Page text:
I’ve been writing a lot lately, almost on a weekly basis, about German public broadcasters and their agenda-driven, biased reporting on Hungary.
Two weeks ago, when Deutsche Welle (DW) boss Peter Limbourg announced Hungarian-language programming with a promise to gift us poor, uninformed Hungarians with “real stories” produced from Berlin, I noted that this German media arrogance comes just in time for the 2022 Hungarian elections. While last week, we enjoyed an example of the kind of slanted, “real stories” we can expect from DW, their sister channel, ZDF, treats us to more.
In a recent video entitled “Orbán’s poor Hungary,” German public TV ZDF paints a distorted image of Hungary’s poverty situation. Yes, this is the German state television that provides a primetime slot for the man who compared the Hungarian prime minister to fictional serial killer Hannibal Lecter and proposed to set up an EU without the “stupid Hungarians and Poles.”
Introducing the everyday hardships of Roma people in a small village in one of Hungary’s least developed regions, the video claims that, in Hungary, “poverty is not an issue that politicians care about,” as it “does not fit within Orbán’s image of a beautiful Hungary.”
I wouldn’t deny that Hungary has poverty, but that sensational quote just does not stand up to the facts. According to data released by Eurostat, the EU’s statistical office, at the end of 2020, the proportion of Hungarian people living in deep poverty fell from a level of 23 percent in 2010 – that’s nearly one in four Hungarians – when the Socialist-Liberal government left office and Viktor Orbán become prime minister, to 8.7 percent in 2020. This means that while more than 3 million people were still at risk of poverty during the Gyurcsány-Bajnai government, since then, some 1.5 million people have managed to escape poverty.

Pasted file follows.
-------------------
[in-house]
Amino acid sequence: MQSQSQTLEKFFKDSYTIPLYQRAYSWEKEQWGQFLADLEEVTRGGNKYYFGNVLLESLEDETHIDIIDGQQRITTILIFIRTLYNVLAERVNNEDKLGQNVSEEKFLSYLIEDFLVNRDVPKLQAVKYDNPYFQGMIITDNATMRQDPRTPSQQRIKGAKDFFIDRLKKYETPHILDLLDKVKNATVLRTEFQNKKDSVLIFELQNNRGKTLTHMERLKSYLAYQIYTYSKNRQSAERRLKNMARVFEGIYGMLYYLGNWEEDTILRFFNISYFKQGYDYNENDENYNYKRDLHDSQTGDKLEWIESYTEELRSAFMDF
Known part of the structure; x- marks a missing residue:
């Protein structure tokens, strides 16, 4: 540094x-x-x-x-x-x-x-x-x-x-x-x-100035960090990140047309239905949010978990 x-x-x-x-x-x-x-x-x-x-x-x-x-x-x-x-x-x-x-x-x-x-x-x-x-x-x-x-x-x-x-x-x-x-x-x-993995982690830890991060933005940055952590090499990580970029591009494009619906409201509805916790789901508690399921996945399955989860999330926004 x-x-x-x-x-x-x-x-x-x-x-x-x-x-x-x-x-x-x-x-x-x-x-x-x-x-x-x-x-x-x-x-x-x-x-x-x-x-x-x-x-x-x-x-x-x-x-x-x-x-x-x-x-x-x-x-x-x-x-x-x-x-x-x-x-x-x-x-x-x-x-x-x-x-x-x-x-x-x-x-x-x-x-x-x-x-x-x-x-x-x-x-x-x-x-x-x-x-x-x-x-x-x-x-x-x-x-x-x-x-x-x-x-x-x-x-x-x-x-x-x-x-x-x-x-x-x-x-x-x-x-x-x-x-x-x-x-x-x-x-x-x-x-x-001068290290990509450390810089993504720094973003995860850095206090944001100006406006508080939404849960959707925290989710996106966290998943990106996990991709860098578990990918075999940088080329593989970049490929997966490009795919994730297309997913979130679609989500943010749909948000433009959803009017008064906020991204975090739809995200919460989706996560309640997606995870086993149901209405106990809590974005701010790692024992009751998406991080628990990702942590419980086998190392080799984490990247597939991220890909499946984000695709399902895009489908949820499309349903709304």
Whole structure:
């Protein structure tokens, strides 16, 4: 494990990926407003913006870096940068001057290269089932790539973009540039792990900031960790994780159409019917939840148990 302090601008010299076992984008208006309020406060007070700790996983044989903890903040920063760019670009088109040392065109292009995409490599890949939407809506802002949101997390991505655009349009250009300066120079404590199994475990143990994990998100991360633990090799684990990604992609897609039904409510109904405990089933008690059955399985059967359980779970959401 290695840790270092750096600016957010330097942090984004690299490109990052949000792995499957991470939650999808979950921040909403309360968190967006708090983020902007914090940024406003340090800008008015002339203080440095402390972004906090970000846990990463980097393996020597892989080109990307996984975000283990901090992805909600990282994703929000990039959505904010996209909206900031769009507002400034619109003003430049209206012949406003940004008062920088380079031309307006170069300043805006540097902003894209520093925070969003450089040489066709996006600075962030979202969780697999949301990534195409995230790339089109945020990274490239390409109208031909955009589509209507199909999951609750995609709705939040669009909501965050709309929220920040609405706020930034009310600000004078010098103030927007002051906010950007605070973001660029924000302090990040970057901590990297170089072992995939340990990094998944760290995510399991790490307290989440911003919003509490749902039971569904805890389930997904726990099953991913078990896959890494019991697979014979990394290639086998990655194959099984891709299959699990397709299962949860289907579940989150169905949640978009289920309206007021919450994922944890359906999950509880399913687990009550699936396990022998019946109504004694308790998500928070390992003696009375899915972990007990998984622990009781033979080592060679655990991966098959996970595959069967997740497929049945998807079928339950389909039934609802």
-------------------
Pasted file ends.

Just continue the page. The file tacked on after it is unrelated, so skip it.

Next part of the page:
In an EU-wide comparison, these stats rank Hungary in the middle of the 27 Member States, overtaking countries like Belgium, Italy, Spain and Ireland. What's more, the risk of poverty and social exclusion in Hungary fell from 19.8 percent in 2018 to 18.9 percent in 2019. This, too, is almost three percentage points more favorable than the EU average.
So, to the German public broadcasters in Berlin, there are many things I’d rather do than spend my time correcting your sloppy, biased, unprofessional, politically driven coverage of Hungary, but egregious distortions like this cannot go unanswered.